I remember playing this with my family on New Years Eve and how much laughter and fun we had. The only downfall of the game is that you need 3 to 6 players and in my family we're usually too busy to play at 1 time. But when we do have enough players to play, it's totally worth it. Here's kind of what the game's about: There is a stack of game cards with questions of them such as "Why are tennis balls fuzzy," or "Why do doughnuts have holes," or "Why don't we ever see baby pigeons," and so on. 1 player has the card with the answer on it and all the other players have to bluff an answer. Players tell their answer to everyone and people vote on which one is right. It is really funny to hear some of the peoples answers. This is a great bordoem buster game.
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39 of 44 people found the following review helpful By A Customer on November 24, 1999
It's really a fun, educational and highly interactive game. This will allow your family to have a great time together, we really look forward to playing this. My kids friends (ages 10 - 14) ask to play when they come over. The questions are just great.
Everyone gets a chance to be creative. This really is a fun family game. We first read about it in Good housekeeping Magazine where it was voted, by parents and kids, as the best game of 1999.
That's my two cents. We really do like this.
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19 of 20 people found the following review helpful By K. Roth on January 4, 2002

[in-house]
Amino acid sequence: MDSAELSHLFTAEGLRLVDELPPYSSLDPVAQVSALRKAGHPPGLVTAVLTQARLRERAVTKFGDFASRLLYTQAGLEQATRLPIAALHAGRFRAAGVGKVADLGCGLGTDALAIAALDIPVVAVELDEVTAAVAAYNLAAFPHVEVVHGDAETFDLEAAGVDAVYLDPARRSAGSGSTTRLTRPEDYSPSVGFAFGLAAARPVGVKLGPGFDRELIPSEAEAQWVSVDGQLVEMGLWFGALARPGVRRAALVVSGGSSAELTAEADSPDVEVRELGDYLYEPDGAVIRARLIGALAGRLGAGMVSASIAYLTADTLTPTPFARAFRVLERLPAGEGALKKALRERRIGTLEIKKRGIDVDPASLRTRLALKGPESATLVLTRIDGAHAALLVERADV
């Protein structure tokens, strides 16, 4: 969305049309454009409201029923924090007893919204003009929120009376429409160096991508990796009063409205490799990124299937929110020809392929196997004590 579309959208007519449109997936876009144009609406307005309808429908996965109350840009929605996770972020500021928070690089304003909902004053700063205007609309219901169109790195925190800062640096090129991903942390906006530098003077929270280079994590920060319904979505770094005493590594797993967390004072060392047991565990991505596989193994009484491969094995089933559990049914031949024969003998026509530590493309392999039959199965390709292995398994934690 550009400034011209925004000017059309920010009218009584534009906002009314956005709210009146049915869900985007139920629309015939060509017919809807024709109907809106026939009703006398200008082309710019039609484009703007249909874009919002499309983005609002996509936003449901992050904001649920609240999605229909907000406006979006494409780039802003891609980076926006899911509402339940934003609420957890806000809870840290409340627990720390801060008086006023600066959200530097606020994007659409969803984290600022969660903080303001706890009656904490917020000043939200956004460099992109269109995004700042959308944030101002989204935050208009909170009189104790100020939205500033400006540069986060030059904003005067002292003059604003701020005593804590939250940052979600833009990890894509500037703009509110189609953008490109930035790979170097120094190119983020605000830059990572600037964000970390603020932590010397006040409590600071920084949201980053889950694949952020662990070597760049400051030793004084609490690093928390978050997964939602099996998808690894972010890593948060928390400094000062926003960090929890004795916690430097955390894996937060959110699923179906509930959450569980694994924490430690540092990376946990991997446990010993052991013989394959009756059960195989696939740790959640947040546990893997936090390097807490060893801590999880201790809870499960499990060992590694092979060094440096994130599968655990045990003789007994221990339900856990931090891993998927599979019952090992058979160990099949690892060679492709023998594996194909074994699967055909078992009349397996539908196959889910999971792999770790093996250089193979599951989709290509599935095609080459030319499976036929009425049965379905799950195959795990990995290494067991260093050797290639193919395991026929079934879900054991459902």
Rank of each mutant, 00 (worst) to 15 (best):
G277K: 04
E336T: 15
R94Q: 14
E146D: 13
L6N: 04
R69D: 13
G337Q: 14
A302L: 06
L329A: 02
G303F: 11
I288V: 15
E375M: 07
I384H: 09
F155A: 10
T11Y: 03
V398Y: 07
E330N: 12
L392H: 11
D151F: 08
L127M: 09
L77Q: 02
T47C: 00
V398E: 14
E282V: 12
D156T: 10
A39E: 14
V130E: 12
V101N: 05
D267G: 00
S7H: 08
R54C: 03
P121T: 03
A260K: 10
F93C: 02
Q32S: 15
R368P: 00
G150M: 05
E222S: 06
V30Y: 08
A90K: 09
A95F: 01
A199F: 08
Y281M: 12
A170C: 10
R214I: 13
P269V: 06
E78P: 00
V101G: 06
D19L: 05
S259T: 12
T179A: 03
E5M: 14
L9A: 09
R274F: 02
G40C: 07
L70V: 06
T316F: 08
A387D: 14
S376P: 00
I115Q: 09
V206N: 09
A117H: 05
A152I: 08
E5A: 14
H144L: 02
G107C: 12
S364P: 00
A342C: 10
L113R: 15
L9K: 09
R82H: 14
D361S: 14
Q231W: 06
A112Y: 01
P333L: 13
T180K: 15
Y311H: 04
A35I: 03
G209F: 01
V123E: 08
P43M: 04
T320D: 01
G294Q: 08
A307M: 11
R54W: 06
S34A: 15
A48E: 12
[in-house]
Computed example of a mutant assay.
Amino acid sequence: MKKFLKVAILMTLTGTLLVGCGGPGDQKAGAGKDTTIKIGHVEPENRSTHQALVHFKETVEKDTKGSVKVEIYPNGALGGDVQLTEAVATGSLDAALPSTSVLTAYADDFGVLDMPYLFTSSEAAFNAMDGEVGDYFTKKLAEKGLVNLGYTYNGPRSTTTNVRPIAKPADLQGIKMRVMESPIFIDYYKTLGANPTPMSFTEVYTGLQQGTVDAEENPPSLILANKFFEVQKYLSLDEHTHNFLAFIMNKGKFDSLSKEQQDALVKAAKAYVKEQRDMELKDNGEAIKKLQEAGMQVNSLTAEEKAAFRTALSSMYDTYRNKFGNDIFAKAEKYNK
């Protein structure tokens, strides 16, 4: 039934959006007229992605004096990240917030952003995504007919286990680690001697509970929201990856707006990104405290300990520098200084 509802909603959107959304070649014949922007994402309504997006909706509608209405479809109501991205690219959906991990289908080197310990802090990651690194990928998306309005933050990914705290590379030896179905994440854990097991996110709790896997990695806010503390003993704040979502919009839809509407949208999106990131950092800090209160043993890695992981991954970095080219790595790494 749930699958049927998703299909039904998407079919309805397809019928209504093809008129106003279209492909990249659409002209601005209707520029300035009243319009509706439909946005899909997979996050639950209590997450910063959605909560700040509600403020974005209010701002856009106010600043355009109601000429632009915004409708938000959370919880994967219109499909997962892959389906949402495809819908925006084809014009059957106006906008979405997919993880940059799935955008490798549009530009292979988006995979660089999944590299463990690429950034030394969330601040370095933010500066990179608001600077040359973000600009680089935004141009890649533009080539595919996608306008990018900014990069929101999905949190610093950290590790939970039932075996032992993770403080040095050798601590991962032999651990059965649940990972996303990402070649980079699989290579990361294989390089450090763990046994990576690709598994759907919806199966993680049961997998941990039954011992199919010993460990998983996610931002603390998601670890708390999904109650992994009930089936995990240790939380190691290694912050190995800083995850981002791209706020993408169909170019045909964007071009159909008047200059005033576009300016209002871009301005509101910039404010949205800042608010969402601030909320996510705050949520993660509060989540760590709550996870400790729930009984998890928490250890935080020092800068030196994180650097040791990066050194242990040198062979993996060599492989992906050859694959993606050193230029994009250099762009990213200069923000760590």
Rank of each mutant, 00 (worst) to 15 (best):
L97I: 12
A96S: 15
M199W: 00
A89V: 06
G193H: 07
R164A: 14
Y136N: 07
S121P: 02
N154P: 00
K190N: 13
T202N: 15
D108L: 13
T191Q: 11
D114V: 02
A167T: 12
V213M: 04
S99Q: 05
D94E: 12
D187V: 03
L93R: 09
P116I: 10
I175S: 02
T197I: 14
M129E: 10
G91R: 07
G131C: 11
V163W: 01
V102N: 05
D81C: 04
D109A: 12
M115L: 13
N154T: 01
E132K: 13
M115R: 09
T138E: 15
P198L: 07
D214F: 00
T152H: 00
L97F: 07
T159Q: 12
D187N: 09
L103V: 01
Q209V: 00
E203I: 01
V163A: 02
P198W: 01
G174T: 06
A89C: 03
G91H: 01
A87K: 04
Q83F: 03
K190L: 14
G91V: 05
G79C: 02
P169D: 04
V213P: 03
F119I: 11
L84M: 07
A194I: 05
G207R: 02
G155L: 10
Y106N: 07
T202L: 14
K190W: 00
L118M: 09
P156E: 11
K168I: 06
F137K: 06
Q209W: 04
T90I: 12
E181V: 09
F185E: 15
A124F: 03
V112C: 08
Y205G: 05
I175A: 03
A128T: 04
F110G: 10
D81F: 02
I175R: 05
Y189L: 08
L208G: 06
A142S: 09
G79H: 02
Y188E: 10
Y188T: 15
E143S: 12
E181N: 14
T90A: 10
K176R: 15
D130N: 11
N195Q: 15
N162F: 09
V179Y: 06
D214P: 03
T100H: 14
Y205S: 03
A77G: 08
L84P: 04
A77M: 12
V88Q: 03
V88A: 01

The directions are somewhat hard to follow at first so it may take a "practice round" to get used to how it works and the scoring but once you figure that out, everyone settles into the game very easily. You are given an "imponderable" question such as "Why is there a bluish/green tint on white wall tires when they are new?" (Or something along that line.) One card has the correct answer and everyone else has to make something up. Or if they know the answer, they can state what they think it is. You have to guess at who has the right answer (or maybe everyone is wrong-one card is kept out of view) and use poker like chips to vote. The scoring is based on the voting. (Sounds confusing but you get the hang of it after reading the directions and playing a few rounds.) It is fun with about 4-6 players max. We have fun when playing it and only 1 argument has broken out concerning the validity of an answer to a question that was given on a card from the game. It is an adult/upper teenager game.